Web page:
How to Start a Company: Advice from Seattle Entrepreneur T.A. McCann

On Friday, there was a really good talk by the noted tech entrepreneur and investor T.A. McCann at a Northwest Entrepreneur Network breakfast in Bellevue, WA. The topic was how to get a startup off the ground: he called it “0-25 mph.” What with the economy these days, advice from someone like McCann seems more valuable than ever. For those who may have missed the talk, here are a few highlights and a link to McCann’s slides.

McCann is a former Microsoftie who has experience at Polaris Venture Partners and Vulcan Capital. He has been involved with a number of tech startups, most recently Evri and Gist, the latter of which he currently leads as founder and CEO. I thought McCann’s comments in his blog about the talk were particularly telling about his approach to entrepreneurship. “I always learn something when I do these kinds of events, both about what I have done right/wrong in the past and how I can be better in the future,” he writes.

At the bottom of his talk slides—which covered everything from strategy and operations to fundraising and hiring—McCann listed “lessons learned.” A few points stood out to me:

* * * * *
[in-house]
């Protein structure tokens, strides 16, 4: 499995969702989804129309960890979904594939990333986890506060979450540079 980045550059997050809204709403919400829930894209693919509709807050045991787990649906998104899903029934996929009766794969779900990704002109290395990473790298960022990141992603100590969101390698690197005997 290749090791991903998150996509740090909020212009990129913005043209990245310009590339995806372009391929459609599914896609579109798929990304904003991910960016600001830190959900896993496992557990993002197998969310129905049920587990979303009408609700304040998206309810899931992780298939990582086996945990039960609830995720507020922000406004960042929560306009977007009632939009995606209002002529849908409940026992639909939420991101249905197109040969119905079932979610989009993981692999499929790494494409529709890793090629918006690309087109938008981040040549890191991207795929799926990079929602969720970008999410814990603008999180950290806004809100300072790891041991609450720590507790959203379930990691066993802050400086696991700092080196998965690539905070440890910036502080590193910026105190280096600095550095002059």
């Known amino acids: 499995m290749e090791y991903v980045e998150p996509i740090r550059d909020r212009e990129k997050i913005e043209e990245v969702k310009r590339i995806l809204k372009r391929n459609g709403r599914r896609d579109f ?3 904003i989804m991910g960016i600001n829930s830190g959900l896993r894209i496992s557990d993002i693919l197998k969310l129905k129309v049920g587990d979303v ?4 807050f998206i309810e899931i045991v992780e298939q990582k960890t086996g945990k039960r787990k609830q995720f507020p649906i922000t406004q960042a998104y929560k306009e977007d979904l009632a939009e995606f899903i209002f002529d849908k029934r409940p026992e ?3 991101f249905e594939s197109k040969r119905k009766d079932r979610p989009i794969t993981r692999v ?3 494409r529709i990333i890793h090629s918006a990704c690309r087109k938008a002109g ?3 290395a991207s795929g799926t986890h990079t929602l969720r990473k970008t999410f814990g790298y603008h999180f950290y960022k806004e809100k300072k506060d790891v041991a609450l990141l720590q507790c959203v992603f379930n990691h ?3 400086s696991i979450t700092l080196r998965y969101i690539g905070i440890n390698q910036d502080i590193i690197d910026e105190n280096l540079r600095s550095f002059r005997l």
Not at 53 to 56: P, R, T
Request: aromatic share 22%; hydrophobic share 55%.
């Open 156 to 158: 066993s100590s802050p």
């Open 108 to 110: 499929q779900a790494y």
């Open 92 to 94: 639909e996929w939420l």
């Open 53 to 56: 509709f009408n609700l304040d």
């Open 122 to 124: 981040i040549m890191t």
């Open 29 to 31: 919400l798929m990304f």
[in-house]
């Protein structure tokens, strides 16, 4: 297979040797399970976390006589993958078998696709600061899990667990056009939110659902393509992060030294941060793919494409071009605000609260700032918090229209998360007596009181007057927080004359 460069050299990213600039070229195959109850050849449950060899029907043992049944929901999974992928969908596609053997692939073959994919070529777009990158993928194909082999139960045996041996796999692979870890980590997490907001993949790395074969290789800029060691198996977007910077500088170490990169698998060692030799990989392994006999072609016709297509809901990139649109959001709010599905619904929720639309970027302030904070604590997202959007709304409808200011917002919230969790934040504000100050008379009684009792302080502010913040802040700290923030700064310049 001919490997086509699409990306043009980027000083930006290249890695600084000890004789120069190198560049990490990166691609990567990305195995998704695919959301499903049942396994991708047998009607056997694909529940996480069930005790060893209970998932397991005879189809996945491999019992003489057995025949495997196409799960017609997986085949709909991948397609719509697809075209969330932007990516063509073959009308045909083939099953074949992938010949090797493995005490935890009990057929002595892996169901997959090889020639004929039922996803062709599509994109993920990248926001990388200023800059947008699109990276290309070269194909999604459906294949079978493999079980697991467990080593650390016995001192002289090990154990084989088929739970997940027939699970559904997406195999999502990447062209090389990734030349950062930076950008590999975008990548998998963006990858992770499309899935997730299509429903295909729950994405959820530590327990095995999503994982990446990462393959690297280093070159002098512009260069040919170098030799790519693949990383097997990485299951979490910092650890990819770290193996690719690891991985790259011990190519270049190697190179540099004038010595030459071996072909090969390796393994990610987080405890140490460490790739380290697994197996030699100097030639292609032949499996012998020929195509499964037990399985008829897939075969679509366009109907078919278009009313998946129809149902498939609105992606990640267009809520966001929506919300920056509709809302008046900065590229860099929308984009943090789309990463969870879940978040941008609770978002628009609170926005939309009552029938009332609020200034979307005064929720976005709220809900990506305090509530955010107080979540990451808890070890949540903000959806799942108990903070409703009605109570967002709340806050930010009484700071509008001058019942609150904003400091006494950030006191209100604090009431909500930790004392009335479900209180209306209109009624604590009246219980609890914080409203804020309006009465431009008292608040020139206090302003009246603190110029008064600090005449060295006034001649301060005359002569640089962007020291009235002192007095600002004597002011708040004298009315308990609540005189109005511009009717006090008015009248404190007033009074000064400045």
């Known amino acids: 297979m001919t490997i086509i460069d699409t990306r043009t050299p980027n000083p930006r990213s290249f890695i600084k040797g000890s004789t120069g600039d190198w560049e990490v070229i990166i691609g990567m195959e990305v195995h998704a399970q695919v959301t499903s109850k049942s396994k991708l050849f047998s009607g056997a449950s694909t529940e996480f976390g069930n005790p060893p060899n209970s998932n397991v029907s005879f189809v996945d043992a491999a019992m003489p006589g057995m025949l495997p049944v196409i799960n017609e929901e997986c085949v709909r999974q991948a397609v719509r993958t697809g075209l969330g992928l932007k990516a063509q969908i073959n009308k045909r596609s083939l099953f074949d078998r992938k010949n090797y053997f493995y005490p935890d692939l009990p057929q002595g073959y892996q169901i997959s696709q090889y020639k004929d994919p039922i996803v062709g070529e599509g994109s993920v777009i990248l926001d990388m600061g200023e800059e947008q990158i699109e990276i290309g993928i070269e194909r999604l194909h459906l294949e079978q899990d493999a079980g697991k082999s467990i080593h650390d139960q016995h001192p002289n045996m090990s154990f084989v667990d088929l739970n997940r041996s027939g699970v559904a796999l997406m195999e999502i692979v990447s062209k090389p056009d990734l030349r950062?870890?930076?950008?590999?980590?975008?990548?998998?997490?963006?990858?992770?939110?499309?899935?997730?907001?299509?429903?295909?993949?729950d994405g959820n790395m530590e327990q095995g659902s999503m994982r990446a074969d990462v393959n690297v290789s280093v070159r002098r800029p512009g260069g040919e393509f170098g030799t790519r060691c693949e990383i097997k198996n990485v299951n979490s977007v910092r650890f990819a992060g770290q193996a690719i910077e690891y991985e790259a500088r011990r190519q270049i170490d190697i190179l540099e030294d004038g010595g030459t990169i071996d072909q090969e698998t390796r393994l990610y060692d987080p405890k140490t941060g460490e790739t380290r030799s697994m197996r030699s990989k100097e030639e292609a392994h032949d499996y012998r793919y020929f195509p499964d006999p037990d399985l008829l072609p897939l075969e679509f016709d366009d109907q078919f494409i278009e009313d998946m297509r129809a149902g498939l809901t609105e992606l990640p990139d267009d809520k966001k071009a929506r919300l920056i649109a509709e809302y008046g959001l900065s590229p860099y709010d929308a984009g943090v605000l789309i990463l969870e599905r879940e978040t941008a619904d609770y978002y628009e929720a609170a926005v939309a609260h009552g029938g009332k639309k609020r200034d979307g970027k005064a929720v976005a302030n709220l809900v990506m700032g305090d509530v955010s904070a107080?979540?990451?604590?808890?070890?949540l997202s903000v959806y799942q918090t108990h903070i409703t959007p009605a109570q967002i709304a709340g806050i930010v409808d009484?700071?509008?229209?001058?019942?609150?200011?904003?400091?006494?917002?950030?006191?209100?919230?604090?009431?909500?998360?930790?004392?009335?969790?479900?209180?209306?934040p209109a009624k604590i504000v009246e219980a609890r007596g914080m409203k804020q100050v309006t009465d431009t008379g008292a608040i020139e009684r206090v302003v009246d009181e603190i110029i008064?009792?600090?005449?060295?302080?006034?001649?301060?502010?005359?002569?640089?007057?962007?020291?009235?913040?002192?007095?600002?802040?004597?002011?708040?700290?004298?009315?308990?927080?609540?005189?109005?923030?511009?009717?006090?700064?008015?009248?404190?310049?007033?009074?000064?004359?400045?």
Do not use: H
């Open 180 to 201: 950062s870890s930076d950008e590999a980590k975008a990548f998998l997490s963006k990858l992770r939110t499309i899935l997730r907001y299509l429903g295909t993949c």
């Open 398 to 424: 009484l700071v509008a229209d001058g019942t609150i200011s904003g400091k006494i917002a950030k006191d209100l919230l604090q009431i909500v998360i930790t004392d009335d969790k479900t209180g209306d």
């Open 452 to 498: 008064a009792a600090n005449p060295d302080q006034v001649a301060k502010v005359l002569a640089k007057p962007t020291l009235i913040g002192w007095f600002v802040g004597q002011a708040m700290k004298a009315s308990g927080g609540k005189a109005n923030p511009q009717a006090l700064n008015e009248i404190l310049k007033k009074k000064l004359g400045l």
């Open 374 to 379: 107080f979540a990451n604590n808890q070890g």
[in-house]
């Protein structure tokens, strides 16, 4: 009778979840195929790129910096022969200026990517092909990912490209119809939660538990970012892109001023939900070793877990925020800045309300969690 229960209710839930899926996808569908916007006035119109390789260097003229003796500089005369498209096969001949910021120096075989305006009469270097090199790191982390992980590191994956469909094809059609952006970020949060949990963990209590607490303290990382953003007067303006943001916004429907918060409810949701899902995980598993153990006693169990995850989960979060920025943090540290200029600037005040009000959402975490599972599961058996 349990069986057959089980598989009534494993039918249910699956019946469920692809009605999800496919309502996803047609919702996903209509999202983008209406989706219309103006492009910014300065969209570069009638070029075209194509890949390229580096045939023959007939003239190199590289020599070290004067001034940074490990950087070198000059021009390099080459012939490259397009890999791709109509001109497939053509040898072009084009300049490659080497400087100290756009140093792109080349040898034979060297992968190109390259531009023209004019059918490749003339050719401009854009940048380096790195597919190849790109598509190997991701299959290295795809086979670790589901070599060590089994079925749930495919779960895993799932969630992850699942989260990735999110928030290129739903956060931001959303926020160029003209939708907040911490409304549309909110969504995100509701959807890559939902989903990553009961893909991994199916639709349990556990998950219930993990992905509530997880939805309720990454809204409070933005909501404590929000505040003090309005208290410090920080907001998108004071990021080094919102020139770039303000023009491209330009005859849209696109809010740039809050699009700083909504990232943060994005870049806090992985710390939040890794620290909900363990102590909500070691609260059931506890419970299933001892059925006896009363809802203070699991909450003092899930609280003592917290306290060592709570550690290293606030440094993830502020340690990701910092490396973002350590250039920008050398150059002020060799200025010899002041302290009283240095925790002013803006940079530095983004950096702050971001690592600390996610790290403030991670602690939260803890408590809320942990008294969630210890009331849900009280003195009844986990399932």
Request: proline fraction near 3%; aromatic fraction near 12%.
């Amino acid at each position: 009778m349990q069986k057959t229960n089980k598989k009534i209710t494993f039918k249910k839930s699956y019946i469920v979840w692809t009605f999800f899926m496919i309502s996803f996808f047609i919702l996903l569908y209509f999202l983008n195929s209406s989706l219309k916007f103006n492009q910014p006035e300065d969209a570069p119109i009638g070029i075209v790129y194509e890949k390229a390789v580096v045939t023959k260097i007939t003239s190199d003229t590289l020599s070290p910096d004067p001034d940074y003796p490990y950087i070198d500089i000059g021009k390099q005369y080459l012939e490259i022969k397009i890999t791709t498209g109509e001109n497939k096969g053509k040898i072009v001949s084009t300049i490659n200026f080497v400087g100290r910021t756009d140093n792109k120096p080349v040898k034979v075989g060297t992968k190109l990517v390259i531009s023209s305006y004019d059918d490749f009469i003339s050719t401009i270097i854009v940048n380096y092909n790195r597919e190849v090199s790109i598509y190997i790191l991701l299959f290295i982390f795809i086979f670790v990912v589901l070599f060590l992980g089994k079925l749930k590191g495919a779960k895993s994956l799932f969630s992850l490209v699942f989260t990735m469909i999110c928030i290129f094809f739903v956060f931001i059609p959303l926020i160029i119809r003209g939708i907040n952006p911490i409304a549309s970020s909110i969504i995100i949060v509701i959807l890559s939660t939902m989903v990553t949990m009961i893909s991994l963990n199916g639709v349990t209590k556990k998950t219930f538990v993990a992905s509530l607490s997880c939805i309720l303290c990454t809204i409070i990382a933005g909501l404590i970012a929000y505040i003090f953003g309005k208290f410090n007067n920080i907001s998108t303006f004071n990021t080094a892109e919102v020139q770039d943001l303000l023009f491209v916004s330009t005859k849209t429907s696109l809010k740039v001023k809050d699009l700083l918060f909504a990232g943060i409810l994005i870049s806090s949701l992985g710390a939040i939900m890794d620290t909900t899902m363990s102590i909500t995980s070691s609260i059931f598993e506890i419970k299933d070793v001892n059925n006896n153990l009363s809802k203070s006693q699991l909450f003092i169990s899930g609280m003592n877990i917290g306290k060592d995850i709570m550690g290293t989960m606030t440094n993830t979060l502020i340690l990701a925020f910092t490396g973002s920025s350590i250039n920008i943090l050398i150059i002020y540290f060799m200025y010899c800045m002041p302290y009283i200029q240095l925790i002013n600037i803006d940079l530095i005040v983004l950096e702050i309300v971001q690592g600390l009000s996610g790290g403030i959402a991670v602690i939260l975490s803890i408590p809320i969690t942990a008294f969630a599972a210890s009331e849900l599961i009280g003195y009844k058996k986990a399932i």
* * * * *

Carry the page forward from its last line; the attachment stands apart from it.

—Know your own space, pick customers you want to embrace, and make sure they pay.

—Strategy should not be complicated.

—A team’s value is 5 parts passion, 2 parts brains, and 1 part experience.

—Outsource routine tasks, hire for thought leadership.

—Deliver status updates every two weeks to your investors/board/advisors.

McCann closed with the following five-point summary for entrepreneurs. Points #2 and #5 are really key, I think:

—If it were easy, everyone would do it.

—Love your customers more than your idea.

—Use the right tools, timing, and discipline.

—Know where to spend and save.

—If you were rich, would you still be doing it?

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One response to “How to Start a Company: Advice from Seattle Entrepreneur T.A. McCann”

  1. Mr. McCann’s comments are very interesting and helpful. I especially like is suggestion that strategy need not be complicated. I have learned that one basic difference between an bureaucrat and an entrepreneur is that the bureaucrat takes simple things and makes them complicated, while the entrepreneur takes complicated things and makes them simple. The entrepreneur simply identifies simple things to do and simply does them.